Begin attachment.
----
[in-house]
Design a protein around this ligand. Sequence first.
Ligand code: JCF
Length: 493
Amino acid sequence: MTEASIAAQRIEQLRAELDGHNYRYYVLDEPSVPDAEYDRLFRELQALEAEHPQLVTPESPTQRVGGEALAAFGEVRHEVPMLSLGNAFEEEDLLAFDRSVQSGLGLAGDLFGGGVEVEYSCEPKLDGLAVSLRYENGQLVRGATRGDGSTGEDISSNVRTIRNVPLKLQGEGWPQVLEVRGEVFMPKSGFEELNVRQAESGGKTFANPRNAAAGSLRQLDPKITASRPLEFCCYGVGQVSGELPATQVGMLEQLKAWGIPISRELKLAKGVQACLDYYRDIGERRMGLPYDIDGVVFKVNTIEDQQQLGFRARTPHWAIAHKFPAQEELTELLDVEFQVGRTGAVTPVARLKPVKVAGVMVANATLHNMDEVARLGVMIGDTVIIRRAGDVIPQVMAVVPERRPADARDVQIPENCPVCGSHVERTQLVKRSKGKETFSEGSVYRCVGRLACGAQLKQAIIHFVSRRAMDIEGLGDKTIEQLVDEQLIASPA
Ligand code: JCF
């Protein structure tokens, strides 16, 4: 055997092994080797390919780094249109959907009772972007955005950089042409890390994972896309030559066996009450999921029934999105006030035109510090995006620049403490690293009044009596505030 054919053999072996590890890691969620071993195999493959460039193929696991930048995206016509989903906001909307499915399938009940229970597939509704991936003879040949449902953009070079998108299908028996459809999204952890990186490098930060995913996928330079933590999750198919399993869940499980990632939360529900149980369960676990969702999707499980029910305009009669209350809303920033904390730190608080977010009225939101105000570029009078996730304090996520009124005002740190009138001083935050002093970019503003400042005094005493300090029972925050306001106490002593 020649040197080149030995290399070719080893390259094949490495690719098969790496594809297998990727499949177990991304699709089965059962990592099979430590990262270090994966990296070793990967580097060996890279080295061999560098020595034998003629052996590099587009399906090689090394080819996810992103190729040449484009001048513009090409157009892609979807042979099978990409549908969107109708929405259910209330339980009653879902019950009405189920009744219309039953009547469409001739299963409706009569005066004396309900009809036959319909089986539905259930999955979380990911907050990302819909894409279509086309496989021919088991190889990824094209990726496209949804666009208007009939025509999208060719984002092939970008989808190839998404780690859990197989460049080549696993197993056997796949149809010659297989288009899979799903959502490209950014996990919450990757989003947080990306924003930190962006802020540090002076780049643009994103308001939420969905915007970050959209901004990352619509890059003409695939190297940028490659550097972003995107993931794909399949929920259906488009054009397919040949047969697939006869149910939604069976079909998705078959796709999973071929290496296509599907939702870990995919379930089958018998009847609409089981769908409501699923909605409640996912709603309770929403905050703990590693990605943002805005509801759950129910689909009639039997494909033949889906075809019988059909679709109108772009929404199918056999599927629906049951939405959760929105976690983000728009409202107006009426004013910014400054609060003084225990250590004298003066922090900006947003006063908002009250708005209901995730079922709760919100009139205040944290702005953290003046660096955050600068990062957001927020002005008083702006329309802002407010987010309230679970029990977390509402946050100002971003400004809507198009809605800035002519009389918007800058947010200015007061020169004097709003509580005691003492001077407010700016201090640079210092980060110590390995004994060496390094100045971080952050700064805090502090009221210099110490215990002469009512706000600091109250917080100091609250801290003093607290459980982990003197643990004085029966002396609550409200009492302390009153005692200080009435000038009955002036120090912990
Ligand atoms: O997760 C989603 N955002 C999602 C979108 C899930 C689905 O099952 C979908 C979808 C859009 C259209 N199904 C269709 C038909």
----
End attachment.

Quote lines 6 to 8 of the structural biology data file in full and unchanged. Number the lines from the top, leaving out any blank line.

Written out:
Ligand code: JCF
């Protein structure tokens, strides 16, 4: 055997092994080797390919780094249109959907009772972007955005950089042409890390994972896309030559066996009450999921029934999105006030035109510090995006620049403490690293009044009596505030 054919053999072996590890890691969620071993195999493959460039193929696991930048995206016509989903906001909307499915399938009940229970597939509704991936003879040949449902953009070079998108299908028996459809999204952890990186490098930060995913996928330079933590999750198919399993869940499980990632939360529900149980369960676990969702999707499980029910305009009669209350809303920033904390730190608080977010009225939101105000570029009078996730304090996520009124005002740190009138001083935050002093970019503003400042005094005493300090029972925050306001106490002593 020649040197080149030995290399070719080893390259094949490495690719098969790496594809297998990727499949177990991304699709089965059962990592099979430590990262270090994966990296070793990967580097060996890279080295061999560098020595034998003629052996590099587009399906090689090394080819996810992103190729040449484009001048513009090409157009892609979807042979099978990409549908969107109708929405259910209330339980009653879902019950009405189920009744219309039953009547469409001739299963409706009569005066004396309900009809036959319909089986539905259930999955979380990911907050990302819909894409279509086309496989021919088991190889990824094209990726496209949804666009208007009939025509999208060719984002092939970008989808190839998404780690859990197989460049080549696993197993056997796949149809010659297989288009899979799903959502490209950014996990919450990757989003947080990306924003930190962006802020540090002076780049643009994103308001939420969905915007970050959209901004990352619509890059003409695939190297940028490659550097972003995107993931794909399949929920259906488009054009397919040949047969697939006869149910939604069976079909998705078959796709999973071929290496296509599907939702870990995919379930089958018998009847609409089981769908409501699923909605409640996912709603309770929403905050703990590693990605943002805005509801759950129910689909009639039997494909033949889906075809019988059909679709109108772009929404199918056999599927629906049951939405959760929105976690983000728009409202107006009426004013910014400054609060003084225990250590004298003066922090900006947003006063908002009250708005209901995730079922709760919100009139205040944290702005953290003046660096955050600068990062957001927020002005008083702006329309802002407010987010309230679970029990977390509402946050100002971003400004809507198009809605800035002519009389918007800058947010200015007061020169004097709003509580005691003492001077407010700016201090640079210092980060110590390995004994060496390094100045971080952050700064805090502090009221210099110490215990002469009512706000600091109250917080100091609250801290003093607290459980982990003197643990004085029966002396609550409200009492302390009153005692200080009435000038009955002036120090912990
Ligand atoms: O997760 C989603 N955002 C999602 C979108 C899930 C689905 O099952 C979908 C979808 C859009 C259209 N199904 C269709 C038909």